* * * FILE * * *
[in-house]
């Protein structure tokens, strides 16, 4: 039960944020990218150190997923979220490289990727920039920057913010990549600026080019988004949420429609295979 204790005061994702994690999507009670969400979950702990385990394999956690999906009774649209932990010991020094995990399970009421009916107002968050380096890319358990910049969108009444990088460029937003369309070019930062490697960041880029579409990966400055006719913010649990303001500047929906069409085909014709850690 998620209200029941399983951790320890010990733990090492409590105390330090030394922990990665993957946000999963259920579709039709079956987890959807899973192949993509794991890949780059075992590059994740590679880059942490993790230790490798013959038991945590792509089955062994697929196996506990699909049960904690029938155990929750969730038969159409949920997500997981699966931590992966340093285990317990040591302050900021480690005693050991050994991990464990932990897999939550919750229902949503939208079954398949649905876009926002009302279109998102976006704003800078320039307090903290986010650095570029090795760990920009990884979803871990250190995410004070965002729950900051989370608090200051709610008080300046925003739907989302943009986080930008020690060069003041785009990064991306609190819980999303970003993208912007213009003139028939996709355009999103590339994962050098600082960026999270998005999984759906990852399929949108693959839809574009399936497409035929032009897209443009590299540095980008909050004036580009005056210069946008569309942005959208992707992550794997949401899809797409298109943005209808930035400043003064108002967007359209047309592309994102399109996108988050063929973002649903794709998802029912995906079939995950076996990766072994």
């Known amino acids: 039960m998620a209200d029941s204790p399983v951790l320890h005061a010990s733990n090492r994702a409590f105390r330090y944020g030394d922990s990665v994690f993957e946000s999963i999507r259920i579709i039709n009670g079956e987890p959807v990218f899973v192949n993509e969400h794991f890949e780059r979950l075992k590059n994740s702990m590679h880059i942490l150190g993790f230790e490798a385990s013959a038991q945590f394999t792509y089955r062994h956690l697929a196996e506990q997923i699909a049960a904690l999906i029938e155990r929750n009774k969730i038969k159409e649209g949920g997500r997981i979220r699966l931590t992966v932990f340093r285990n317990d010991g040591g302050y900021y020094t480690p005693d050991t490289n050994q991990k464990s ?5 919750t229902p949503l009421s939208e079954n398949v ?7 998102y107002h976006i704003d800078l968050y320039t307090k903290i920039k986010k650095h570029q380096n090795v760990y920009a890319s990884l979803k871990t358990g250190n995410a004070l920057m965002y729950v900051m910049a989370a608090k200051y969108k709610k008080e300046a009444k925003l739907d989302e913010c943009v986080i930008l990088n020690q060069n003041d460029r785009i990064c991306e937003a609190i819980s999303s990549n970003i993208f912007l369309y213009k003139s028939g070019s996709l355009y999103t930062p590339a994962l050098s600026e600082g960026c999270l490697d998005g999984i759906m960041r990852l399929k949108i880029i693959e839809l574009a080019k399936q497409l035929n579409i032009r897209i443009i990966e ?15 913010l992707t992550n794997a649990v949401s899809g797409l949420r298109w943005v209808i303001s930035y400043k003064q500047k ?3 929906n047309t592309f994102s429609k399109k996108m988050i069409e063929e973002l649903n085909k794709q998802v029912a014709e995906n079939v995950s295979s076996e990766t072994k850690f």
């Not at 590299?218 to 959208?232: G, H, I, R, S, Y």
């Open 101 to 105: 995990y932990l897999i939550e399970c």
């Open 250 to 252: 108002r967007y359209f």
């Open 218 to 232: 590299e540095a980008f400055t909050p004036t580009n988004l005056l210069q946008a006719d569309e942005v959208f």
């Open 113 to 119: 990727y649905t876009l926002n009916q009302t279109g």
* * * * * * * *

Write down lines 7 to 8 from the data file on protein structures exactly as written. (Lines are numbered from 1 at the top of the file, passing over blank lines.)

């Open 218 to 232: 590299e540095a980008f400055t909050p004036t580009n988004l005056l210069q946008a006719d569309e942005v959208f």
């Open 113 to 119: 990727y649905t876009l926002n009916q009302t279109g």